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Subsections


Choosing Your Installation Media

First, choose the boot media for the installation system. Next, choose the method you will use to install the base system.

To boot the installation system, you have the following choices: bootable CD-ROM, floppies, or a non-Linux boot loader.

CD-ROM booting is one of the easiest ways to install. Not all machines can boot directly from the CD-ROM so you may still need to use floppies. Booting from floppies is supported for most platforms. Floppy booting is described in section 2.4.2 on page [*].


Installing from a CD-ROM

If your system supports booting from a CD-ROM, you don't need any floppies. Put the CD-ROM into the drive, turn your computer off, and then turn it back on. You should see a Welcome screen with a boot prompt at the bottom. Now you can skip down to section 2.5.

If your computer didn't ``see'' the Debian CD-ROM, the easiest option is to make two floppies for booting (described in section 2.4.2) and then use them to start Debian. Don't worry; after Debian is finished with those two floppies, it will find your CD-ROM with no trouble.


Booting from Floppies

It's not hard at all to boot from floppies. In fact, your CD-ROM contains all the information necessary to create boot disks for you. For these instructions, you will need to get two disks. Label the first one ``Debian 2.1 Install/Rescue Disk'' and the second ``Debian 2.1 Modules/Drivers Disk.''


Creating Floppies from Disk Images

Disk images are files containing the complete contents of a floppy disk in raw form. Disk images, such as resc1440.bin, cannot simply be copied to floppy drives. A special program is used to write the image files to floppy disk in raw mode.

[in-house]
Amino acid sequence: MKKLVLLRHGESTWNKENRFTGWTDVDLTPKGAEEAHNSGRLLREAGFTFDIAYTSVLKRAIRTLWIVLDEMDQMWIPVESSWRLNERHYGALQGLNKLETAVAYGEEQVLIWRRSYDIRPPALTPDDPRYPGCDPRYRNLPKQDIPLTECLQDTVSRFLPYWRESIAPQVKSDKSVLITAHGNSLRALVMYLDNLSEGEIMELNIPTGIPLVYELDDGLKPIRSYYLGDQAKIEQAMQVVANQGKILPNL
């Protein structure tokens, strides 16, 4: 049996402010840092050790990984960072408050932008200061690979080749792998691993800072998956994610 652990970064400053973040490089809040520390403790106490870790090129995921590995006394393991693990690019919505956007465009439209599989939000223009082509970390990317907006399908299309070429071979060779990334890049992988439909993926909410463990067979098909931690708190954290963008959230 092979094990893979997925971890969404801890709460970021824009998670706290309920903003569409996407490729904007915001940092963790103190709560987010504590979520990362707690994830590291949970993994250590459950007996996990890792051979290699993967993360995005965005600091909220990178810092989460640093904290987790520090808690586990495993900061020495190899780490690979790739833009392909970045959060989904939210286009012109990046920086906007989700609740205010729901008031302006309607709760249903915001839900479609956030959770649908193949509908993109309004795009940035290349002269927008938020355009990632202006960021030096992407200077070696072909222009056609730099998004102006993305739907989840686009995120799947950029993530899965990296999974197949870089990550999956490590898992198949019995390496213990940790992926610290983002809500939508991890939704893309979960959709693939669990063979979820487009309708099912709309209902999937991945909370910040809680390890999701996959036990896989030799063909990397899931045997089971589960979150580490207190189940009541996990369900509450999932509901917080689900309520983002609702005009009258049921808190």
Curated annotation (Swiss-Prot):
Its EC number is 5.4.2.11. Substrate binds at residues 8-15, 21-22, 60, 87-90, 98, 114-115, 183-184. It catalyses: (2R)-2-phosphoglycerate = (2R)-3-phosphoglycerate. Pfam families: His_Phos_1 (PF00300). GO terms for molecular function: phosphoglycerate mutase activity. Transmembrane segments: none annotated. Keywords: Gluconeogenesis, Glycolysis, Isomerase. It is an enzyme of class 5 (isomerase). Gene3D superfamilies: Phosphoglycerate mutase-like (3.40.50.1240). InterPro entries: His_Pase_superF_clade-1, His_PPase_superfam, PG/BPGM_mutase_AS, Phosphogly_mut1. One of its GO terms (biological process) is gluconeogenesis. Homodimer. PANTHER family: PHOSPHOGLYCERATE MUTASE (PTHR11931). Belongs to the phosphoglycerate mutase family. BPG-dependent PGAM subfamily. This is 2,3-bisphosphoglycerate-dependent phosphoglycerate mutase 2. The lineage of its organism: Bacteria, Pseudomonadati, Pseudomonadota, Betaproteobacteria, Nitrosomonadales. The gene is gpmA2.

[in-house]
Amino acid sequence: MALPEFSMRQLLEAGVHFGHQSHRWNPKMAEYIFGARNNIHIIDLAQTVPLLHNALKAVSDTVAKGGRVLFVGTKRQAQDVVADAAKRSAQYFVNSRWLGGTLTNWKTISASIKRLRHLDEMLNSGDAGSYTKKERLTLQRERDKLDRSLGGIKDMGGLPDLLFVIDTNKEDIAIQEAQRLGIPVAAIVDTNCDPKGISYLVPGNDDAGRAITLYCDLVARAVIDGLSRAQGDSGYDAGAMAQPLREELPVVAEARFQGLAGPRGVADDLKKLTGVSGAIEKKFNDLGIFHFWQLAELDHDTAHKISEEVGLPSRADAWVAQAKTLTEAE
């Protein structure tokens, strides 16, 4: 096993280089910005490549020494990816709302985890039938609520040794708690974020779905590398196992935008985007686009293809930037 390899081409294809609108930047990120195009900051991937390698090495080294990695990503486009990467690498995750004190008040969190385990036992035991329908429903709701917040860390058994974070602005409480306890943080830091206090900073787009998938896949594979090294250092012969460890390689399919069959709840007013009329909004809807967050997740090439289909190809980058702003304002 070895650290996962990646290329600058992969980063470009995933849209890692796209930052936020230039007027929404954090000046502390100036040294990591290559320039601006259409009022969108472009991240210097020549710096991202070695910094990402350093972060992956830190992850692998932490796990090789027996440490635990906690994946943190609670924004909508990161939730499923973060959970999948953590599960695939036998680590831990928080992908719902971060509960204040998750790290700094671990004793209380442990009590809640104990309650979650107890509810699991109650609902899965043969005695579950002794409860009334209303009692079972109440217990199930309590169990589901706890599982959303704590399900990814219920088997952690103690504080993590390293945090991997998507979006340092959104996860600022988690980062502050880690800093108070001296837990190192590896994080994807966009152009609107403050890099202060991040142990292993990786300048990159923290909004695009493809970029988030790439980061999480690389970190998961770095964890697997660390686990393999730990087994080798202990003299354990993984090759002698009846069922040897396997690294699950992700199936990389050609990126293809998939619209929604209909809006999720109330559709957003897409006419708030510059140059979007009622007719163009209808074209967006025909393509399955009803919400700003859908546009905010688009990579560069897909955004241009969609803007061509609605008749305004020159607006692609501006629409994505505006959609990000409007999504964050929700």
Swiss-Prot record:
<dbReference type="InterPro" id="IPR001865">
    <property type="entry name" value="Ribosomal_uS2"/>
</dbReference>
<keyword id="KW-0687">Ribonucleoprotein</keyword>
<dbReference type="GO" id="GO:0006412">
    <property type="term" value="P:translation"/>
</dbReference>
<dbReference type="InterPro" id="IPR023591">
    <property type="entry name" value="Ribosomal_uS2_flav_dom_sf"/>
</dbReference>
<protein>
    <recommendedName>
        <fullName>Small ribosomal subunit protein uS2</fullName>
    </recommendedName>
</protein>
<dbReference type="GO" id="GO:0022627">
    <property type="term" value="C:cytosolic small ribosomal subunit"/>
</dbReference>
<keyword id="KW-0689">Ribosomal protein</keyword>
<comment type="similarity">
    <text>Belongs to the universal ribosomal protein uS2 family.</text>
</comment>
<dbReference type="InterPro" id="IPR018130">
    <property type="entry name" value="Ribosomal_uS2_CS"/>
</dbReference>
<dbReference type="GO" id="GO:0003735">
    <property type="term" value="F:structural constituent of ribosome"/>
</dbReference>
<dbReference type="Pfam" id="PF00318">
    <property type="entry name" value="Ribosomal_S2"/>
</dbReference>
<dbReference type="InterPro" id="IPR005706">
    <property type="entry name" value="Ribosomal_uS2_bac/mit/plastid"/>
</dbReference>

First, you need to get to a DOS prompt. In Windows 95 and above, you can do this by double-clicking on an MS-DOS icon or by going to Start\( \rightarrow \)Programs\( \rightarrow \)MS-DOS prompt. Then, insert your Debian GNU/Linux CD-ROM into your CD-ROM drive. First, you change to your CD-ROM drive. In most cases, this is D:.

C:\WINDOWS>D:
Now, change to the directory containing the disk images.

D:\>CD 

\DISTS\SLINK\MAIN\DISKS-I386\2.1.8-1999-02-22

If you get an error, double-check what you're typing. If the error persists, manually issue CD \DISTS\SLINK\MAIN\DISKS-I386, then run DIR, and then CD into the directory indicated. Note that the above commands, and some other examples below, may appear as a single line on your display even if they are wrapped here.

Now, you're ready to create the first of two disks. Start the program to write them out, rawrite2:

D:\DISTS\SLINK\MAIN\DISKS-I386\

2.1.8-1999-02-22>rawrite2

RaWrite 2.0 - Write disk file to 

raw floppy diskette

Rawrite2 starts and displays its welcome message. Next, it asks for the filename and diskette drive. You tell it to write resc1440.bin to a:

Enter disk image source file name: resc1440.bin

Enter target diskette drive: a:

Rawrite2 now asks you to insert a disk into the floppy drive. Do so and press Enter.

Plese insert a formatted diskette into 

drive A: and press -ENTER- :

At this point, rawrite2 will create the first of the two disks. Now, you need to repeat the process for the second disk:

D:\DISTS\SLINK\MAIN\DISKS-I386\

2.1.8-1999-02-22>rawrite2

RaWrite 2.0 - Write disk file to

raw floppy diskette

Enter disk image source file name: drv1440.bin

Enter target diskette drive: a:

Please insert a formatted diskette into

drive A: and press -ENTER- :

By now, your disks are created. You can now use the first one to boot.

Booting Debian

You are now ready to boot into Debian! Shut down your existing operating system, turn off your computer, and place the Install/Rescue Disk into the floppy drive. Now turn your computer back on. You should get a Welcome screen with a boot prompt at the bottom.

John Goerzen / Ossama Othman

 
 
  Published under the terms of the GNU General Public License Design by Interspire